My mother-in-law’s eyes glisten as she told me the story, expressing regret that they waited to go back to find the sibling.  And another brick came into place about why J would want to block out his childhood.

J and I approach life differently.  Whereas I hold everyone with suspicion until proven truthful, J takes everyone at their word.  He is more patient than I am and he’s also very loyal.  Before knowing about his story I attributed it to his growing up in a solid middle class family, but the person he is … it’s intrinsic to who he is.

I complain about him a lot and want to smack him a good part of the day, but J is an admirable person.  I am glad to have married him and raise kids with him.

Which is to say, like the teacher, if I was stuck on an island I’d want J to have my back.  I know that we would survive.


How Ugly Is He?

I want to tell you a story from my weekend but I don’t want you to think I am a mean person.

Why should I care, we are virtually anonymous.  You don’t know me except what you read here.  I do want to project a certain character; I want to appear witty and erudite, not vacuous and judgemental.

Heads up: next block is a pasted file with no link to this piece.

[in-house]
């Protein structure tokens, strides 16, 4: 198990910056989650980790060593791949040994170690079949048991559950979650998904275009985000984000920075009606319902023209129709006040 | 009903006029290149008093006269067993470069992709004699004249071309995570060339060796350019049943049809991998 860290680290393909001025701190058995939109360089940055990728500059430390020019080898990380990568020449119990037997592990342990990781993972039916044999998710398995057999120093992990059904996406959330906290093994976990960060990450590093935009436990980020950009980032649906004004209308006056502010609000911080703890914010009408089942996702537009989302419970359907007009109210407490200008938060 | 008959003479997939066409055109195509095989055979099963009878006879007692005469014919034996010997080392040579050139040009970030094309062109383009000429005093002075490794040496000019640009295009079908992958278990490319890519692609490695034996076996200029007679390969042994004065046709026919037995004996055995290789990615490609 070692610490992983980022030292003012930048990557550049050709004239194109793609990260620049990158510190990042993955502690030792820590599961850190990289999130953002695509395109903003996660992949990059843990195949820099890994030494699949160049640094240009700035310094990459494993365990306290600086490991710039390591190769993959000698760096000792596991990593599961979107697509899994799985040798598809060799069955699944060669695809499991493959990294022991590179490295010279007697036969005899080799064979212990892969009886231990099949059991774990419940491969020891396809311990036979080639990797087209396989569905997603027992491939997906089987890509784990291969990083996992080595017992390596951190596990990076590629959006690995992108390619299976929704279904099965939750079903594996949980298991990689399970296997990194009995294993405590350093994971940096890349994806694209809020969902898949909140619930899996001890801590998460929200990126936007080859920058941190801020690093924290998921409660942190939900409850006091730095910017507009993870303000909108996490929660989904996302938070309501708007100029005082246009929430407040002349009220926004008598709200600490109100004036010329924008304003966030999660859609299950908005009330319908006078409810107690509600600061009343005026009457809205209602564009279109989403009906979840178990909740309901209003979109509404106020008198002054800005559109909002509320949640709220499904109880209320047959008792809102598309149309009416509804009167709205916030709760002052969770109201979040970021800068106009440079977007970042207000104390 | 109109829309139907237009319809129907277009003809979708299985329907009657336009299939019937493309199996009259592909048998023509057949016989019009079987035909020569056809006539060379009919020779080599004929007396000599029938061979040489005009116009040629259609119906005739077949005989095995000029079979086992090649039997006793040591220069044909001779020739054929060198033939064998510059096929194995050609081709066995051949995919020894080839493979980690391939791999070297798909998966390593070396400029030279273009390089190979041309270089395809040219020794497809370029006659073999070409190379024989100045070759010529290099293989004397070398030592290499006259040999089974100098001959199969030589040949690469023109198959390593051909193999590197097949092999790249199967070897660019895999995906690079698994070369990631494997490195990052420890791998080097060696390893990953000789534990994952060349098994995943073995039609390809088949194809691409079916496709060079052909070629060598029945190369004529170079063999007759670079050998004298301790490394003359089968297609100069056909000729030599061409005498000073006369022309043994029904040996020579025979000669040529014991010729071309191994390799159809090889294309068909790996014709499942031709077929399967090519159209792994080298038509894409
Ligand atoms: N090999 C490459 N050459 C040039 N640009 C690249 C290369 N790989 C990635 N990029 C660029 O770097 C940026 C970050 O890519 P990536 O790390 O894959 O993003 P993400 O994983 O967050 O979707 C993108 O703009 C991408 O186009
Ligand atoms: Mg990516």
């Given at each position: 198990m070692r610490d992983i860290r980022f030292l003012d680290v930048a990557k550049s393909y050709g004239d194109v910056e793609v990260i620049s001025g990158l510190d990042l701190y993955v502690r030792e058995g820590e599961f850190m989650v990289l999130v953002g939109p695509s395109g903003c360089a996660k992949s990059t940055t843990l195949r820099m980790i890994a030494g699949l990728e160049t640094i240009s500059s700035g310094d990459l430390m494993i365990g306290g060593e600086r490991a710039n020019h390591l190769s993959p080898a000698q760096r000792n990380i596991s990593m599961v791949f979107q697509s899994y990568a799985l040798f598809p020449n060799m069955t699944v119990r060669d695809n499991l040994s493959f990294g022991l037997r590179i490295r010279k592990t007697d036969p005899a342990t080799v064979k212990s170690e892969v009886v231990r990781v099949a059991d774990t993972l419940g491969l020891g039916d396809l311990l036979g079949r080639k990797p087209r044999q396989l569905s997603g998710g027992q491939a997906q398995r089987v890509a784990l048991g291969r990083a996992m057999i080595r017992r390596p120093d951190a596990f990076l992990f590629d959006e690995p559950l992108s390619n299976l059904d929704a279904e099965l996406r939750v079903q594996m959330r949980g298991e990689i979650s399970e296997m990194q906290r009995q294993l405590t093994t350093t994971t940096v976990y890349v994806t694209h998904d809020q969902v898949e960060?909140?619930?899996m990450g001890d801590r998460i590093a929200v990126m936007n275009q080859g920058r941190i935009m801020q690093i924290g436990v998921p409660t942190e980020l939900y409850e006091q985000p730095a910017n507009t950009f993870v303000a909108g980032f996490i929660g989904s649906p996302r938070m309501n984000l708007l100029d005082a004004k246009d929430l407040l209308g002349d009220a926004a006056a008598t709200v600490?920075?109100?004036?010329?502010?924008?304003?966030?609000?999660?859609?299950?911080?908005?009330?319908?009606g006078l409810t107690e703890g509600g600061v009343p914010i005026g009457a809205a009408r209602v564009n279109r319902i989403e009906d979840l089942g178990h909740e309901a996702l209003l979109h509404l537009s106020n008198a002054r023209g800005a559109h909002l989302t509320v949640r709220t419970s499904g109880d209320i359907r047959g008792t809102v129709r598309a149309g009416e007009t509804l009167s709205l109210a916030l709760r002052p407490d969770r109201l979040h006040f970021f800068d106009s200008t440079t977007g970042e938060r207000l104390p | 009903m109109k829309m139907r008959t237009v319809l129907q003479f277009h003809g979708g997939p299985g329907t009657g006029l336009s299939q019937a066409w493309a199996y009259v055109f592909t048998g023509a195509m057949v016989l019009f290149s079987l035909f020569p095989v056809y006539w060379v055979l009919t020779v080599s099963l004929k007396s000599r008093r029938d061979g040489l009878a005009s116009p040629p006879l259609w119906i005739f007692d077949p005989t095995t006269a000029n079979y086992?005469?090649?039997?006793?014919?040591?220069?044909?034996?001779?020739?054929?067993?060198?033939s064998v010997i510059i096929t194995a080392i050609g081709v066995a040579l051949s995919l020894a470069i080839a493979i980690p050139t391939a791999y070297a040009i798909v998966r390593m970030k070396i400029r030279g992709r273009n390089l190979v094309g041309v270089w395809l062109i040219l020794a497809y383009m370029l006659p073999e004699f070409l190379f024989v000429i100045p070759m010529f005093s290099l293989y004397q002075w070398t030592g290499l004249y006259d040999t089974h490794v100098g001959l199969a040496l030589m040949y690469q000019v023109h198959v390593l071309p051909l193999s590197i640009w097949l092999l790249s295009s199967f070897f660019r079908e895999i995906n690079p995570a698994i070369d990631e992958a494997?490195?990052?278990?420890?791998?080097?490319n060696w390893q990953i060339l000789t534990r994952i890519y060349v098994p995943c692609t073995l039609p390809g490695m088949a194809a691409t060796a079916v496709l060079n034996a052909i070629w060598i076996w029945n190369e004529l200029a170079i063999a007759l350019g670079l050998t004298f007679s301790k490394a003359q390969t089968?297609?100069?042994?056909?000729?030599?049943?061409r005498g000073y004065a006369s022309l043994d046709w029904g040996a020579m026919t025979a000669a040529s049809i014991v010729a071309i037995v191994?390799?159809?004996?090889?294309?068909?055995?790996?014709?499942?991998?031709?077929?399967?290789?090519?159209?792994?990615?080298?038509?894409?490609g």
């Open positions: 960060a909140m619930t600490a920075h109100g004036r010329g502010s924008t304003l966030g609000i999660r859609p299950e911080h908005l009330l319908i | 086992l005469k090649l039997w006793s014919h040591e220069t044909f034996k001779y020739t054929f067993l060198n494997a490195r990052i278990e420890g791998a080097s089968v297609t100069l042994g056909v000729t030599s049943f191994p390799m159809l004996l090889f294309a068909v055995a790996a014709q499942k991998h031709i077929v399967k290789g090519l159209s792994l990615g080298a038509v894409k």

Yet I am.

Soooo…. yeah.

Here’s what I will do.  I will start with a prologue which will make this a long (but kinda funny) story so I can get this off my chest and you won’t think any less of me because people are less apt to read long blog posts.

How does that sound?

The story that took place this past weekend begins with a dog.

Animals are aways a good way to soften a tale right?

Well, a few months ago to celebrate J2’s graduation (and to counteract missing him when he went away to college) I relented and we bought a dog.  A Staffordshire Terrier if you want to know the breed but her street name is Pit but we call her Malaya.

I know, I know what you are thinking.  I thought that, too. When we first encountered her she was laying on her side in the cage in a submissive pose.  She is a really sweet dog.  She isn’t aggressive in the least, although I would never leave a small child unchecked around her because she is still a puppy and has the propensity to play too rough.  I take her to the dog park and she runs to people not to bite but to lick (kiss).  She has stolen many a lick kisses from lots of people at the dog park.  You could just be standing there, looking at the sky,  wondering if it’s going to rain and she will be beside you.  Then suddenly Malaya will jump up and lick you  as if to say, “I like you and you have not told me how beautiful I am yet.”